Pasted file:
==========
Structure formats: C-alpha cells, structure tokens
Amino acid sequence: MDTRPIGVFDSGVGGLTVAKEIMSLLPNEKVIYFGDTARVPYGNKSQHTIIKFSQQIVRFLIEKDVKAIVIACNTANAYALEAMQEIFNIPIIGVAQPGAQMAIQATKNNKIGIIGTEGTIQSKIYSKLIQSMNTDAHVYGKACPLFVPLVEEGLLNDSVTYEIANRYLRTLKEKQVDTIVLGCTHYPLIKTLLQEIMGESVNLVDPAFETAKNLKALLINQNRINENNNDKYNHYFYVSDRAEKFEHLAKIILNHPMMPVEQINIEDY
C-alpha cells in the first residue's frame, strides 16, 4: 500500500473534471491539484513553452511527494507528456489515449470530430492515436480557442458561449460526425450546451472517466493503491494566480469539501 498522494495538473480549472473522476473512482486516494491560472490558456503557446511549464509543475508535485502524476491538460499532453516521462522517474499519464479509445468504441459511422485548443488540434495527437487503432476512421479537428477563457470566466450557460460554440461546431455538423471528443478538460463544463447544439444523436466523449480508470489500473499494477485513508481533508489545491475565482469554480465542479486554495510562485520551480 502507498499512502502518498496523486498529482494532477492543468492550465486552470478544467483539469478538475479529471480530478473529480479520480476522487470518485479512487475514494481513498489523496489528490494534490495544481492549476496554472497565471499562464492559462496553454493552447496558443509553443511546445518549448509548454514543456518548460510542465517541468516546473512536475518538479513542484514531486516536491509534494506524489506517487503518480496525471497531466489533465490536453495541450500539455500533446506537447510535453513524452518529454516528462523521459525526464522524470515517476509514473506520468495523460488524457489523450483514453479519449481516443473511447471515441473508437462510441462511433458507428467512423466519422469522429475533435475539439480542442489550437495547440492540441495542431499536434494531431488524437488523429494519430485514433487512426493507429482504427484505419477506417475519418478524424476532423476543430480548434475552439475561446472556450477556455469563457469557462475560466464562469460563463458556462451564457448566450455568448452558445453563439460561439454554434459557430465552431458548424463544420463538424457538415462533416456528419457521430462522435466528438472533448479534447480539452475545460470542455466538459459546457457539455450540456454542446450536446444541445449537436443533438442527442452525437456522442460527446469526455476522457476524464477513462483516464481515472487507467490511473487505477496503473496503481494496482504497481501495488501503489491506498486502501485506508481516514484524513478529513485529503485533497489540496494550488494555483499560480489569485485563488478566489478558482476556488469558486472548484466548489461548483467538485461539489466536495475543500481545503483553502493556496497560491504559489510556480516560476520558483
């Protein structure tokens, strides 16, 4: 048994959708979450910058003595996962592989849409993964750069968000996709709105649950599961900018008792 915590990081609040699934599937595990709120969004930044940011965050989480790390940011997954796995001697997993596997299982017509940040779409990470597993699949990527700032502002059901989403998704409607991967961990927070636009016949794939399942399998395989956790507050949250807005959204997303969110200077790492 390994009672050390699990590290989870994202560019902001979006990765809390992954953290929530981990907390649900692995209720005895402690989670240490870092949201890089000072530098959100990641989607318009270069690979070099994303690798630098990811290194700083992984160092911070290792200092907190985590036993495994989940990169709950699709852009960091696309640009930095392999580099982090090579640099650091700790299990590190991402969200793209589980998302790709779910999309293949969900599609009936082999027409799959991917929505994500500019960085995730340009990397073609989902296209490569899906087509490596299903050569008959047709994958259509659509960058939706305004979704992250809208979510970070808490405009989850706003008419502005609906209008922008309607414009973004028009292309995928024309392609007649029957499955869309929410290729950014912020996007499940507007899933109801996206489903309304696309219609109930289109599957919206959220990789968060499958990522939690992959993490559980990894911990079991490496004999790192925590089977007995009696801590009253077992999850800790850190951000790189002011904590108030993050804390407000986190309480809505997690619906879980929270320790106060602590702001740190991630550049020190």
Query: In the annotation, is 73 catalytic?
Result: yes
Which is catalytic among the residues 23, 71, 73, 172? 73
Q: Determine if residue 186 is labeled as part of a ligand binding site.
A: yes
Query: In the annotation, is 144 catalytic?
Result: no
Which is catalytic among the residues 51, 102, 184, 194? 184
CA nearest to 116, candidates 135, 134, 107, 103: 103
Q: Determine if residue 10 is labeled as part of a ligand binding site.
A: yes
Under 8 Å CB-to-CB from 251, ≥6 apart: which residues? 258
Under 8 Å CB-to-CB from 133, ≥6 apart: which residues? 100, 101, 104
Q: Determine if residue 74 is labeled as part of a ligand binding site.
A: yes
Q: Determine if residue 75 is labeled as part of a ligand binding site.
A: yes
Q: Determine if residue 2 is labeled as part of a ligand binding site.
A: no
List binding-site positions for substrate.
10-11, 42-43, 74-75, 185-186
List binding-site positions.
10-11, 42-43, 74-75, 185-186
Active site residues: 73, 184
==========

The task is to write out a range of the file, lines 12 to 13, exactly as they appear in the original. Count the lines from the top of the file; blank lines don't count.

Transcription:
Which is catalytic among the residues 51, 102, 184, 194? 184
CA nearest to 116, candidates 135, 134, 107, 103: 103